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INTERVIEW: Roger Mayer on Jimi Hendrix

L-R: Roger Mayer, Mitch Mitchell, Jimi Hendrix, Noel Redding

The boutique pedal boom of today could very well be traced back to one man: Roger Mayer. Mayer was building unique pedals for players like Jimmy Page, Jeff Beck and Jimi Hendrix back when those venerable players were shaping the future of the guitar. Once upon a time his pedals were the exclusive domain of a select few. Now, though, Mayer’s pedals are readily available, and they build on the legacy and sound of his classic work, updating them for the future while still paying tribute to the past.

How did you meet Jimi Hendrix?

I met Jimi a few days after my 21st birthday at a club called the Bag of Nails in London. He was playing there and I went to him after the performance, introduced myself and said ‘I’ve got this new sound you might be interested in.’ I also told him I’d been working with Jimmy Page and Jeff Beck over the years and produced some very different fuzz boxes. Jimi was very interested and invited me to come down in a few weeks to a gig at the Chiselhurst Caves where he was performing, and that’s where I first showed him a prototype of the Octavia, which was the new sound. Jimi tried it out in the dressing room and was very interested in the new sound. He also mentioned he was going to be making a new single. He invited me down to another gig in about a week’s time, and he said that after the gig we were gonna go back to Olympic Studios. So that all happened and after the gig we went back to Olympic Studios and that’s when we recorded the solos to Purple Haze and Fire. After that we became close friends and started hanging out, and as they say, the rest is history!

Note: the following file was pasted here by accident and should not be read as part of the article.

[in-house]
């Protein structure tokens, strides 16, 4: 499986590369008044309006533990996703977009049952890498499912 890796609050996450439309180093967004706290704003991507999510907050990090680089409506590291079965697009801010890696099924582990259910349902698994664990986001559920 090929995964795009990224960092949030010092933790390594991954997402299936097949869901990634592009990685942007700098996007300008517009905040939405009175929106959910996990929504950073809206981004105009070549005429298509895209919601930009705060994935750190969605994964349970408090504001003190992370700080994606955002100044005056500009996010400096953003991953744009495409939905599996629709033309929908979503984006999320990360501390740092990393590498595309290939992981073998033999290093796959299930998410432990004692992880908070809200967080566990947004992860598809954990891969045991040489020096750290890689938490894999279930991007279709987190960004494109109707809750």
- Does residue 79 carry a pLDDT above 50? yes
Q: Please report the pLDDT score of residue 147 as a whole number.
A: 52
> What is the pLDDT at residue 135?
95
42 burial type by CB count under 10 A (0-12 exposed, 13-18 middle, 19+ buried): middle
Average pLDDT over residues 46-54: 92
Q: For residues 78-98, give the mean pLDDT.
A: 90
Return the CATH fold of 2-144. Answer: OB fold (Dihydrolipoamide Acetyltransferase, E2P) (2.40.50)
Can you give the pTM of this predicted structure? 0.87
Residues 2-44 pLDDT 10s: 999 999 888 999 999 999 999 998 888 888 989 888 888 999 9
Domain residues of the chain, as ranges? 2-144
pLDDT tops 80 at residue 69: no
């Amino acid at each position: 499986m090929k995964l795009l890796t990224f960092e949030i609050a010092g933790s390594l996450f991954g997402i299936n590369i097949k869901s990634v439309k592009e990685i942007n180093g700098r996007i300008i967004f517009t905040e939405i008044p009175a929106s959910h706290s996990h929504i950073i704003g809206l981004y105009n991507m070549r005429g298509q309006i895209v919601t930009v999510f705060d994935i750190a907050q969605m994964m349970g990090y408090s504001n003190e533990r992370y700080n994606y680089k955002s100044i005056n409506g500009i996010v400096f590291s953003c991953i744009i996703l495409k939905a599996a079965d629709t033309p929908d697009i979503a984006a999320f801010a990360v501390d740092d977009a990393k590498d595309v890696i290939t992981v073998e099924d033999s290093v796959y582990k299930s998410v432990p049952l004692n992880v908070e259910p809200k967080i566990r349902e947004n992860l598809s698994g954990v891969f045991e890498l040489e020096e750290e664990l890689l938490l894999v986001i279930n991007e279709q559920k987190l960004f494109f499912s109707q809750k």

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NEWS: My playing on – Roger Mayer pedal demo